The trouble with that notion is that changing the design of mass-produced
products is a huge undertaking--the Sears contract would have to be a major
portion of Bosch's total sales for it to be worthwhile to retool to meet
their price. The Chinese, who seem to be doing just about anything to get
presence in the US market, are another story, but it's hard to imagine the
Chinese finding new corners to cut on their tool manufacture.
It is hard to image what new corners could be cut if you think of
making the most bottom of the barrel product possible. But that's not
what has to be done. If Craftsman/Sears were to use the illusion of
selling a tool that *looks* like a Bosch/PC/Milwaukee, then one only
need to make one just like it inside and out, except make the
I find it very easy to believe that a company may be willing to sell
themselves and build a few tens of thousands of units for Sears with
Sears's price point requirement. Bosch or Porter Cable would know
what to do to meet the cost requirement.
It would cost more to retool to make 10,000 units than would be saved by the
It's not a matter of "knowing what to do", it's a matter of stopping the
line, tearing out tooling and machinery, installing new tooling and
machinery to produce the new design, restarting the line, making the run,
and then repeating the whole process again to go back to regular production.
Making design changes with hand-made one-offs is easy, making design changes
in something that is mass-produced is not a trivial undertaking and has very
significant costs. Further, most of the cost of making just about anything
is labor--substituting pot metal for aluminum won't reduce the labor.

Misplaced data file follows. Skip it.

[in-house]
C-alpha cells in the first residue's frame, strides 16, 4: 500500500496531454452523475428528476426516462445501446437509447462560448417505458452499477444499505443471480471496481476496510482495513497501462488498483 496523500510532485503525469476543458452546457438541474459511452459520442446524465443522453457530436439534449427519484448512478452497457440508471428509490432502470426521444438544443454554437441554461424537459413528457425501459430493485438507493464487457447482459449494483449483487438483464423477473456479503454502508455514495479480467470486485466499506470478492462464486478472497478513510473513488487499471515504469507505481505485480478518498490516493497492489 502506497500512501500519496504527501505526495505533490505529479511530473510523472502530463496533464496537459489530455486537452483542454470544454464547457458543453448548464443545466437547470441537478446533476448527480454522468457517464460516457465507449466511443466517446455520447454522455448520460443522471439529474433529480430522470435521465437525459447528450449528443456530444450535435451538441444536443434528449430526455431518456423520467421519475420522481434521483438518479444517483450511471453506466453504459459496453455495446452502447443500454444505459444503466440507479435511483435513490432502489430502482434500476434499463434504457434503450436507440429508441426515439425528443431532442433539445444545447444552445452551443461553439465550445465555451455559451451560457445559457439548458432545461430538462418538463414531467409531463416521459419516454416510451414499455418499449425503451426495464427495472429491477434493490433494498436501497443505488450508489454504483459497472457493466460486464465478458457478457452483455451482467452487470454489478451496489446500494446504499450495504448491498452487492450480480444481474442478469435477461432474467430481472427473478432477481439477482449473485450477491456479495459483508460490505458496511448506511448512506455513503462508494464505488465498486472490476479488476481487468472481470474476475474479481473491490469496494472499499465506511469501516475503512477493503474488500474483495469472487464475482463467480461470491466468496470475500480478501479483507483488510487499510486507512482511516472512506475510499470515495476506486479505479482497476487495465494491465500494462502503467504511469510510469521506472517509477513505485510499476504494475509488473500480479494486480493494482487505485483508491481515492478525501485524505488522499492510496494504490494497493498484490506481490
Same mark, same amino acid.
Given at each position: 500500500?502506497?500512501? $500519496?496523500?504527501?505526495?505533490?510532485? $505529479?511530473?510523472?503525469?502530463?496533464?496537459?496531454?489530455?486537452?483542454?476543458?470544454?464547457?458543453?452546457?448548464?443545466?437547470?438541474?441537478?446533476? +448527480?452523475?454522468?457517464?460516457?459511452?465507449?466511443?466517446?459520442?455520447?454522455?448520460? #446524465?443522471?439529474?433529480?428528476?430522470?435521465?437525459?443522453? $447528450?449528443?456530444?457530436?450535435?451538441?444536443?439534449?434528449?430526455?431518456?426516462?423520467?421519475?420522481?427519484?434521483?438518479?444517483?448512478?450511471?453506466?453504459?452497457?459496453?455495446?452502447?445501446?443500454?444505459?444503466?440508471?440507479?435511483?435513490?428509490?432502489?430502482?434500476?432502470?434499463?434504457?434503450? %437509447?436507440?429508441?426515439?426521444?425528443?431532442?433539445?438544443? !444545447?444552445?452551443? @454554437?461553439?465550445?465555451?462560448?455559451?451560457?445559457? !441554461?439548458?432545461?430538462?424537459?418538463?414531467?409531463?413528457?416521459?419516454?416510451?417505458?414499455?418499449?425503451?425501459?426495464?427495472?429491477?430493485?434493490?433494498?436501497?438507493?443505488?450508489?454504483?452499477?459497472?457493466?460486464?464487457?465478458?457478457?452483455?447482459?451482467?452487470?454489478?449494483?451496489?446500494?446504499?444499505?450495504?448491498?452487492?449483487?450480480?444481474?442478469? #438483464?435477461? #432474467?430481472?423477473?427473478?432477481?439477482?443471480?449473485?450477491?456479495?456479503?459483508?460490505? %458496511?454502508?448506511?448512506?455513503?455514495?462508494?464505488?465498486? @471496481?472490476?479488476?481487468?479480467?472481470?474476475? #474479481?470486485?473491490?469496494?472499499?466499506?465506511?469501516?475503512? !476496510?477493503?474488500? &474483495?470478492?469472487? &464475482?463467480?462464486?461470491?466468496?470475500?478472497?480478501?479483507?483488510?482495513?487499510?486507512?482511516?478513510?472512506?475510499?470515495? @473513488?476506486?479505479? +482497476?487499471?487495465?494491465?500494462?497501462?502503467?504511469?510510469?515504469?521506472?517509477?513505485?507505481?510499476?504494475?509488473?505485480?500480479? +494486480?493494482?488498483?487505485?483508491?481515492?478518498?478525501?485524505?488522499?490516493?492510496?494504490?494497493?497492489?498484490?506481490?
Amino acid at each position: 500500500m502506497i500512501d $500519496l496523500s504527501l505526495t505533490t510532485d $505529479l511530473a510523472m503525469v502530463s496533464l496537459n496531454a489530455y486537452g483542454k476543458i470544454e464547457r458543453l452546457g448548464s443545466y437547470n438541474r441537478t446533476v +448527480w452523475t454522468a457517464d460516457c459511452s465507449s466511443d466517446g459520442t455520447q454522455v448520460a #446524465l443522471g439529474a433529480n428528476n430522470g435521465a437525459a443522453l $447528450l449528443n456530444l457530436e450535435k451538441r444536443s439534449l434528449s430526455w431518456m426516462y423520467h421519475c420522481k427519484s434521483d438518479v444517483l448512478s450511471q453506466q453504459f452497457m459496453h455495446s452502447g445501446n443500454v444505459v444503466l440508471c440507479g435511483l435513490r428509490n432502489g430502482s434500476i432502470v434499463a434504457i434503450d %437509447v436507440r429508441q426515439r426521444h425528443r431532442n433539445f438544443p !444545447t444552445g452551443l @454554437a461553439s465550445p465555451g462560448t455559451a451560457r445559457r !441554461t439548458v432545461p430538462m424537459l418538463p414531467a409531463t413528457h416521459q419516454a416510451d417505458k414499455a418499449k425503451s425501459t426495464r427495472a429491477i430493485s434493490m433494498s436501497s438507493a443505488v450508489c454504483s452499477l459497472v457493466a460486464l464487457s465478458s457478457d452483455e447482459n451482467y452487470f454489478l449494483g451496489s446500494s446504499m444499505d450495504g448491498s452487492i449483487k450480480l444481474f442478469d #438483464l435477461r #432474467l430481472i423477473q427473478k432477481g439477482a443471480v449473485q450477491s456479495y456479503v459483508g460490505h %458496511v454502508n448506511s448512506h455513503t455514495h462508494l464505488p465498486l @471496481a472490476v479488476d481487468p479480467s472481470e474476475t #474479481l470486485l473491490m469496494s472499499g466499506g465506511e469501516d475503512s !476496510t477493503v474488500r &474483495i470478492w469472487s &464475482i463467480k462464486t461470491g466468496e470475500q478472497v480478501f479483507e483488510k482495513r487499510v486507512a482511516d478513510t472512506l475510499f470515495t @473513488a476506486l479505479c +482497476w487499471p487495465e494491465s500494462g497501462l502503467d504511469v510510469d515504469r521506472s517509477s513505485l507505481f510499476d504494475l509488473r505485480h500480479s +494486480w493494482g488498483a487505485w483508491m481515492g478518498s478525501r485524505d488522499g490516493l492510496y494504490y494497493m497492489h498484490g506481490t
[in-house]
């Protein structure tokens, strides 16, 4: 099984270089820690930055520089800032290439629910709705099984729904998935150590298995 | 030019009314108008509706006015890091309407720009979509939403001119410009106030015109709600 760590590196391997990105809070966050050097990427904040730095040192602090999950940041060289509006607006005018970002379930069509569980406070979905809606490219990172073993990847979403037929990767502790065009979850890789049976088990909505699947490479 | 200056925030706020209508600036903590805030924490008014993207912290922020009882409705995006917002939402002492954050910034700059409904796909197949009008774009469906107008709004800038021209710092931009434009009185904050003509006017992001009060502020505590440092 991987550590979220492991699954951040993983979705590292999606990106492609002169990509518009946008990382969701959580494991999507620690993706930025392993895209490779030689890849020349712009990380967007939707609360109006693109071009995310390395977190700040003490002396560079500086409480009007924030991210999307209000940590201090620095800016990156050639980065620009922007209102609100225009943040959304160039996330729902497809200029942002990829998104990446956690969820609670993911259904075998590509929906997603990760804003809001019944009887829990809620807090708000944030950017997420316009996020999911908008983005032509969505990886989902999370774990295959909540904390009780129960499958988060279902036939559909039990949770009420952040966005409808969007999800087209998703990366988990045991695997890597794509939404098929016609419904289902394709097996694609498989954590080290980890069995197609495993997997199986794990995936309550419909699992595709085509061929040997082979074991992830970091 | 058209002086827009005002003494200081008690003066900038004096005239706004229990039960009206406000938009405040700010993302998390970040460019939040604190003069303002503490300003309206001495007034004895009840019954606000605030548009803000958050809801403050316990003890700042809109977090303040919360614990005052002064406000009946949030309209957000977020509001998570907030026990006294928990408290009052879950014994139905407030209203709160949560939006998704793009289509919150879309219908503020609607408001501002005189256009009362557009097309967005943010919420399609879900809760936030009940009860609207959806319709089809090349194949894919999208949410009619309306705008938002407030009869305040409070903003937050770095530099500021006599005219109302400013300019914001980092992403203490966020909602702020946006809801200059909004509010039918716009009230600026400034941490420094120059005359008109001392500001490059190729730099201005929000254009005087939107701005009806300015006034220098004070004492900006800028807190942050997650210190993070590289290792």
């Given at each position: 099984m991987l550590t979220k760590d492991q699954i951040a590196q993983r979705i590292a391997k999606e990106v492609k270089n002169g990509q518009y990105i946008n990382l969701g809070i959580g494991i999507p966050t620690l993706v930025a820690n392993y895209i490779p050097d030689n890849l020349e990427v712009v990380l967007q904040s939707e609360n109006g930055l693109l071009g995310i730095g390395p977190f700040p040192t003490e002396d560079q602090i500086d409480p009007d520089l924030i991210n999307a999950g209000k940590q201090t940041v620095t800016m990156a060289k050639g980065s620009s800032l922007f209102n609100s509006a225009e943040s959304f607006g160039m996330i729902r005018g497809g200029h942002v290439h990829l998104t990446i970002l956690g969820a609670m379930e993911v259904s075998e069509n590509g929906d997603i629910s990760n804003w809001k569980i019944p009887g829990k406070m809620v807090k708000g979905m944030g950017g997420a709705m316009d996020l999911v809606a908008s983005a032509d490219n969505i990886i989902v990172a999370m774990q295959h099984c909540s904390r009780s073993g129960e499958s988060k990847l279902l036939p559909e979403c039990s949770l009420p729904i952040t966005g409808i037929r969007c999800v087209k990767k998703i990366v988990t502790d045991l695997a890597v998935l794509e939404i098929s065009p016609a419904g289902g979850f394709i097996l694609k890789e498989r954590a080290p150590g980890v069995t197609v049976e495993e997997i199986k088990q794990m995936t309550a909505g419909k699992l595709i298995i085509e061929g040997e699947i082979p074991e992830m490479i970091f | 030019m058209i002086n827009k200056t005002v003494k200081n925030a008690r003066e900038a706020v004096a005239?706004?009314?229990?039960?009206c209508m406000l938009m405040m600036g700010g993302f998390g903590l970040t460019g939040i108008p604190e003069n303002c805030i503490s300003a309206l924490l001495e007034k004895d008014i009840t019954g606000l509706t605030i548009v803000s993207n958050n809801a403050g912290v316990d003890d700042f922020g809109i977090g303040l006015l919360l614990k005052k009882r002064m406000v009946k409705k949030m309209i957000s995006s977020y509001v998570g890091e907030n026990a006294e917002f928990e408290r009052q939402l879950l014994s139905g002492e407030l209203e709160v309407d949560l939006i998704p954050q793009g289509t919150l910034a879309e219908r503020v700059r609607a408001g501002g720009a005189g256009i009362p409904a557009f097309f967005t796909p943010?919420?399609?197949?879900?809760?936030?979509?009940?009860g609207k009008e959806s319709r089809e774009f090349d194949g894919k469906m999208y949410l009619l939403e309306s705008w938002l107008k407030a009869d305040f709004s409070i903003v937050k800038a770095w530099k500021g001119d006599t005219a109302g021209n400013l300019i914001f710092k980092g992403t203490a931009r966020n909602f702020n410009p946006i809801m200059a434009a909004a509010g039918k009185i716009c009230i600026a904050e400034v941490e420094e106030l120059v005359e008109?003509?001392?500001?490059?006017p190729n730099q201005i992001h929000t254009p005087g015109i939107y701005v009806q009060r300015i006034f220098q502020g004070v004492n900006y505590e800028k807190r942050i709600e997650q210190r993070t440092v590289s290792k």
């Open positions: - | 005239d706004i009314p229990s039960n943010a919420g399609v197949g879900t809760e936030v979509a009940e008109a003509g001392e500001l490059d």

You're far far of the mark.
I work in engineering in exactly the kind of situation you're
expounding on. My company makes many thousands of any particular
It is in fact not especially difficult to make changes within any
particular product to cheapen it.
30 years of my life are invested in product design and development.
Don't hand me that line of crap. It is in fact extremely easy to make
changes and substitutions that result in real cost savings for the
manufacturer without inordinate expense to do so.
If I may, I think you have to put what he said in context.
Consider a factory in China pumping out billions of identical tools:
Everything is pretty much the same except for the colour of the plastic and
the badge they stick on them before they're boxed.
I agree that it would be far more expensive to retool the line in order to
"cheapen" something for (in this example) Sears, than it would be to just
keep the line going.
We're talking mass production here, and the *real* savings are in the "mass"
part: It make no sense to create a different product to make it cheaper:
They're already smokin' them out the door as cheaply as possible.
The changes I mean are not in changing the form of a housing for
example, that *is* difficult and time consuming to do.
What I mean (for example) is to buy a group of motors from the motor
supplier that use sleeve bearings instead of ball bearings. Or use
less expensive batteries. Maybe use more regrind in the plastic. Or
simply pack fewer accessories.
That's what I mean. From my design end of the process, there are a
lot of things to do.
However, I work at a place that doesn't make bottom of the barrel
products, so it's obvious to me how to help them get there.
I will agree to a point with my last paragraph:
Of course if the starting point of the product being debated is
*already* at the bottom, then it would take a little more ingenuity to
wring even more savings from it, and that may not be worth the effort.